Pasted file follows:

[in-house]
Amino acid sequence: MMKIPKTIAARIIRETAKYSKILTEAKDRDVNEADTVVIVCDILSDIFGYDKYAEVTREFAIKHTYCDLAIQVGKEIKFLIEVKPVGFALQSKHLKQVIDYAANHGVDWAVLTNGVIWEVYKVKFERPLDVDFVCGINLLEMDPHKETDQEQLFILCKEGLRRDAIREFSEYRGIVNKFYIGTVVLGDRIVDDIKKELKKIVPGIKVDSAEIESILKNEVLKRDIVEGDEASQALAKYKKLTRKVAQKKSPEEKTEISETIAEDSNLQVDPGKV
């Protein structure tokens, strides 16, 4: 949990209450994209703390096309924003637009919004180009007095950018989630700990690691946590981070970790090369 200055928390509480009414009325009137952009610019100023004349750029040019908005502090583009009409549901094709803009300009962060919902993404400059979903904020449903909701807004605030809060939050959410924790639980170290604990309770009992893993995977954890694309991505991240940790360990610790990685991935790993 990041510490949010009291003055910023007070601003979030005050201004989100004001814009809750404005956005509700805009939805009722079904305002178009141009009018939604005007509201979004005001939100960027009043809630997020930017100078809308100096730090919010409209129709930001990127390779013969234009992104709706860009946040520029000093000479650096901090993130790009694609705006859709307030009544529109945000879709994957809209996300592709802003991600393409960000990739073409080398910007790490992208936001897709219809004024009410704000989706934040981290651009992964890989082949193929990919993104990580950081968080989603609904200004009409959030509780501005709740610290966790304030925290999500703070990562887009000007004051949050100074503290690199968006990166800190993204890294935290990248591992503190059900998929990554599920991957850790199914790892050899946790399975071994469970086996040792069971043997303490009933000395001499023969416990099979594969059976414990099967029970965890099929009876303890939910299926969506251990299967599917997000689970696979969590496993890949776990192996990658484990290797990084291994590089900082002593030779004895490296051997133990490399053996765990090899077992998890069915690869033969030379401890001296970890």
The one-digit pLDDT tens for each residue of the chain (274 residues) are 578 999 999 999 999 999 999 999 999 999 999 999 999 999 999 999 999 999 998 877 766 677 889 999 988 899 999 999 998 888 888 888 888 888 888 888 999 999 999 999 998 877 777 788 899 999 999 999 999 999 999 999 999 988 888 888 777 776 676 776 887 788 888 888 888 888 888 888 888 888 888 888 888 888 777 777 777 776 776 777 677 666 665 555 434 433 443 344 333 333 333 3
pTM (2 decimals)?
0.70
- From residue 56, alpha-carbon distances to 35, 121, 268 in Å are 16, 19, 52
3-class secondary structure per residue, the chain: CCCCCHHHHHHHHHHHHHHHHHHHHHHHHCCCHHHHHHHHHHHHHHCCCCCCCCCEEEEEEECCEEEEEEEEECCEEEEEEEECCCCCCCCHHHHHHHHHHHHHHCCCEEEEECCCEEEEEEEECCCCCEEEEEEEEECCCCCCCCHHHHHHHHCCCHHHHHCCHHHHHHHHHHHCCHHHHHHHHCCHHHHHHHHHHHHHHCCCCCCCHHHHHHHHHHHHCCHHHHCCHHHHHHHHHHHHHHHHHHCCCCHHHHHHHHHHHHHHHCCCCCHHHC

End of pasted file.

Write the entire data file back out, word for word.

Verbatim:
[in-house]
Amino acid sequence: MMKIPKTIAARIIRETAKYSKILTEAKDRDVNEADTVVIVCDILSDIFGYDKYAEVTREFAIKHTYCDLAIQVGKEIKFLIEVKPVGFALQSKHLKQVIDYAANHGVDWAVLTNGVIWEVYKVKFERPLDVDFVCGINLLEMDPHKETDQEQLFILCKEGLRRDAIREFSEYRGIVNKFYIGTVVLGDRIVDDIKKELKKIVPGIKVDSAEIESILKNEVLKRDIVEGDEASQALAKYKKLTRKVAQKKSPEEKTEISETIAEDSNLQVDPGKV
């Protein structure tokens, strides 16, 4: 949990209450994209703390096309924003637009919004180009007095950018989630700990690691946590981070970790090369 200055928390509480009414009325009137952009610019100023004349750029040019908005502090583009009409549901094709803009300009962060919902993404400059979903904020449903909701807004605030809060939050959410924790639980170290604990309770009992893993995977954890694309991505991240940790360990610790990685991935790993 990041510490949010009291003055910023007070601003979030005050201004989100004001814009809750404005956005509700805009939805009722079904305002178009141009009018939604005007509201979004005001939100960027009043809630997020930017100078809308100096730090919010409209129709930001990127390779013969234009992104709706860009946040520029000093000479650096901090993130790009694609705006859709307030009544529109945000879709994957809209996300592709802003991600393409960000990739073409080398910007790490992208936001897709219809004024009410704000989706934040981290651009992964890989082949193929990919993104990580950081968080989603609904200004009409959030509780501005709740610290966790304030925290999500703070990562887009000007004051949050100074503290690199968006990166800190993204890294935290990248591992503190059900998929990554599920991957850790199914790892050899946790399975071994469970086996040792069971043997303490009933000395001499023969416990099979594969059976414990099967029970965890099929009876303890939910299926969506251990299967599917997000689970696979969590496993890949776990192996990658484990290797990084291994590089900082002593030779004895490296051997133990490399053996765990090899077992998890069915690869033969030379401890001296970890």
The one-digit pLDDT tens for each residue of the chain (274 residues) are 578 999 999 999 999 999 999 999 999 999 999 999 999 999 999 999 999 999 998 877 766 677 889 999 988 899 999 999 998 888 888 888 888 888 888 888 999 999 999 999 998 877 777 788 899 999 999 999 999 999 999 999 999 988 888 888 777 776 676 776 887 788 888 888 888 888 888 888 888 888 888 888 888 888 777 777 777 776 776 777 677 666 665 555 434 433 443 344 333 333 333 3
pTM (2 decimals)?
0.70
- From residue 56, alpha-carbon distances to 35, 121, 268 in Å are 16, 19, 52
3-class secondary structure per residue, the chain: CCCCCHHHHHHHHHHHHHHHHHHHHHHHHCCCHHHHHHHHHHHHHHCCCCCCCCCEEEEEEECCEEEEEEEEECCEEEEEEEECCCCCCCCHHHHHHHHHHHHHHCCCEEEEECCCEEEEEEEECCCCCEEEEEEEEECCCCCCCCHHHHHHHHCCCHHHHHCCHHHHHHHHHHHCCHHHHHHHHCCHHHHHHHHHHHHHHCCCCCCCHHHHHHHHHHHHCCHHHHCCHHHHHHHHHHHHHHHHHHCCCCHHHHHHHHHHHHHHHCCCCCHHHC